A study of reactive silica dissolution for determining potential alkali silica reactivity in concrete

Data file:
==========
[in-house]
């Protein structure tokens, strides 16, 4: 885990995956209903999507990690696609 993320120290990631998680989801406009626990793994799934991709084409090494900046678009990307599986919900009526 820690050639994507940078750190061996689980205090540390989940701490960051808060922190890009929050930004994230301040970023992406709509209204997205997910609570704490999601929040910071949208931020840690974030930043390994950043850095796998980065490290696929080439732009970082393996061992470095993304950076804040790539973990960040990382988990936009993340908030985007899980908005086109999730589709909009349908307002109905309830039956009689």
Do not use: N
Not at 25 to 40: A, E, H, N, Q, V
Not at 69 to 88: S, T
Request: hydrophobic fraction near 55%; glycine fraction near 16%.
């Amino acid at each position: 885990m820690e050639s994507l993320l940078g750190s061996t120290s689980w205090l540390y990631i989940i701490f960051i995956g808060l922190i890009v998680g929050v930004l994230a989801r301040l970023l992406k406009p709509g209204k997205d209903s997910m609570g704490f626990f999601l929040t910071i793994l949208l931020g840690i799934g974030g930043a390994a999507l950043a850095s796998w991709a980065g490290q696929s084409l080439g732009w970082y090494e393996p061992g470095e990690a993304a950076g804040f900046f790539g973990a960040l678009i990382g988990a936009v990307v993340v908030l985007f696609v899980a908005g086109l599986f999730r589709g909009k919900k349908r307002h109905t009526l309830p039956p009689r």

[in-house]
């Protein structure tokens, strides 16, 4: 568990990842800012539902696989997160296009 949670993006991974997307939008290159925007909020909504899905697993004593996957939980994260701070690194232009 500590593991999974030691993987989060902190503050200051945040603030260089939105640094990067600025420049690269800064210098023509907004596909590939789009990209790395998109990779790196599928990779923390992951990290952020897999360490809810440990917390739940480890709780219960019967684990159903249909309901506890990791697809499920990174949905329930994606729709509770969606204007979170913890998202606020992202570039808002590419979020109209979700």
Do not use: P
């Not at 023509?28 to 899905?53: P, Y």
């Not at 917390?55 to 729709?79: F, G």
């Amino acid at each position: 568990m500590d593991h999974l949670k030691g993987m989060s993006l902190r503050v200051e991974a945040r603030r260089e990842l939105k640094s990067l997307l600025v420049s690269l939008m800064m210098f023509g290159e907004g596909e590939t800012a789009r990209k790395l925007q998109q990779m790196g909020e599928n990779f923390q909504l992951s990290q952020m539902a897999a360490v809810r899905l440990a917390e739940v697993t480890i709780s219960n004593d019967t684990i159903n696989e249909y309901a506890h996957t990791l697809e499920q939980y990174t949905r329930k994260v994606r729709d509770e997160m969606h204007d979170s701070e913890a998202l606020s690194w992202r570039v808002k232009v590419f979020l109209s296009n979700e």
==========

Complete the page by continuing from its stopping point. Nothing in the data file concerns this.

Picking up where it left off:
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Alkali silica reaction (ASR) has been recently identified as an issue relating to problematic performance characteristics of aggregates sourced in western Washington State. An abundance of literature on ASR attributes minerals and rocks containing amorphous silica as initiating the chemical and physical mechanisms that damages concrete. The geological source, composition, and quantity of these reactive aggregates contained in local aggregate resources is unknown. Therefore, an understanding of the structure and properties of amorphous silica in reactive aggregates is essential to the assessment of ASR and consequent expansion in concrete structures. To better discern this problem, a series of experiments were conducted using two different sources of aggregate (local sand ìBHî, and a control sand ìMTî) to observe the behavior of reactive silica in concrete. First, I conducted a point count of grains to determine the composition of each aggregate. Then, under guidance of accelerated mortar bar test ASTM C1260, I mixed 34 mortar bars using 0%, 2%, 4%, 6%, 10%, and 20% chert in the aggregates and measured the resultant expansion. Using the remaining product of alkali solution from the mortar bar tests, I measured the concentrations of NaOH in 10 samples and recorded the consumption of alkali as a result of silica dissolution. I then cut the mortar bars into thin sections and observed reaction within chert grains. From five thin sections, I modeled reaction rate of silica dissolution in chert. The maximum expansion, or pessimum limit, was recorded at ~0.24% using BH sands containing 2% chert, and at ~0.25% using MT sands containing 10% chert. BH sands, containing 28% volcanic lithics, expanded ~0.20% without added chert. MT sands, containing no volcanic lithics, expanded below deleterious threshold limits, at ~0.032%. From the titration trials, a simple linear regression was inferred between alkali concentration and mortar bar expansion. A maximum of 0.068 moles of alkali was consumed by the highest expansive mortar bar, at ~0.25%. This indicated that remaining free alkali was in excess and therefore, not the limiting reactant in observed maximum expansion limit of mortar bars. Finally, measurements of reaction depth were approximated for 25 chert grains from thin sections of mortar bars containing BH sand and 10% chert. Using values of these measurements, the diffusivity of silica dissolution was found to be between 9.5E-16µm2/s and 8.0E-15µm2/s. I propose that the concentration of NaOH solution from ASTM C1260 tests, and the diffusivity of silica dissolution are applicable in further assessing aggregate susceptibility to ASR. While this project confirms that chert causes ASR in concrete, it was not found in the point count survey of the local aggregate (BH sands). Instead, volcanic lithics that are predominantly andesitic are suspected to be the primary source of reactive aggregates in these sands. It is recommended that similar experiments presented in this report are conducted to determine the reactive properties of volcanic lithics that are used as concrete aggregates.